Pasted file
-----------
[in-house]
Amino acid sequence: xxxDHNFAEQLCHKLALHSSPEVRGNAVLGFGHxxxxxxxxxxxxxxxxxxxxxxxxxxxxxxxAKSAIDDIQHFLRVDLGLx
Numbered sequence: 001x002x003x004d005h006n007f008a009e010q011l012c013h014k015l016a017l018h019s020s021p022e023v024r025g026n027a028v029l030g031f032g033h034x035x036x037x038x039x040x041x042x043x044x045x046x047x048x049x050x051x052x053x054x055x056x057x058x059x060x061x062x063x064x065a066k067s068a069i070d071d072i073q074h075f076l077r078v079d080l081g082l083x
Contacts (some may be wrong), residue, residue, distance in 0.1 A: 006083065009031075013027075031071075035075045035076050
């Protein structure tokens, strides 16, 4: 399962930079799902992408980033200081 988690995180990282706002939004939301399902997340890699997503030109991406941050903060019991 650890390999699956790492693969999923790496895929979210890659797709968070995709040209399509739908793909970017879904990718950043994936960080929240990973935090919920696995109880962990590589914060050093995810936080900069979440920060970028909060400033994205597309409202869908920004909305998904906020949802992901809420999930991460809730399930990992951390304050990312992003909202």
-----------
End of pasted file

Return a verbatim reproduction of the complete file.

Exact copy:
[in-house]
Amino acid sequence: xxxDHNFAEQLCHKLALHSSPEVRGNAVLGFGHxxxxxxxxxxxxxxxxxxxxxxxxxxxxxxxAKSAIDDIQHFLRVDLGLx
Numbered sequence: 001x002x003x004d005h006n007f008a009e010q011l012c013h014k015l016a017l018h019s020s021p022e023v024r025g026n027a028v029l030g031f032g033h034x035x036x037x038x039x040x041x042x043x044x045x046x047x048x049x050x051x052x053x054x055x056x057x058x059x060x061x062x063x064x065a066k067s068a069i070d071d072i073q074h075f076l077r078v079d080l081g082l083x
Contacts (some may be wrong), residue, residue, distance in 0.1 A: 006083065009031075013027075031071075035075045035076050
């Protein structure tokens, strides 16, 4: 399962930079799902992408980033200081 988690995180990282706002939004939301399902997340890699997503030109991406941050903060019991 650890390999699956790492693969999923790496895929979210890659797709968070995709040209399509739908793909970017879904990718950043994936960080929240990973935090919920696995109880962990590589914060050093995810936080900069979440920060970028909060400033994205597309409202869908920004909305998904906020949802992901809420999930991460809730399930990992951390304050990312992003909202």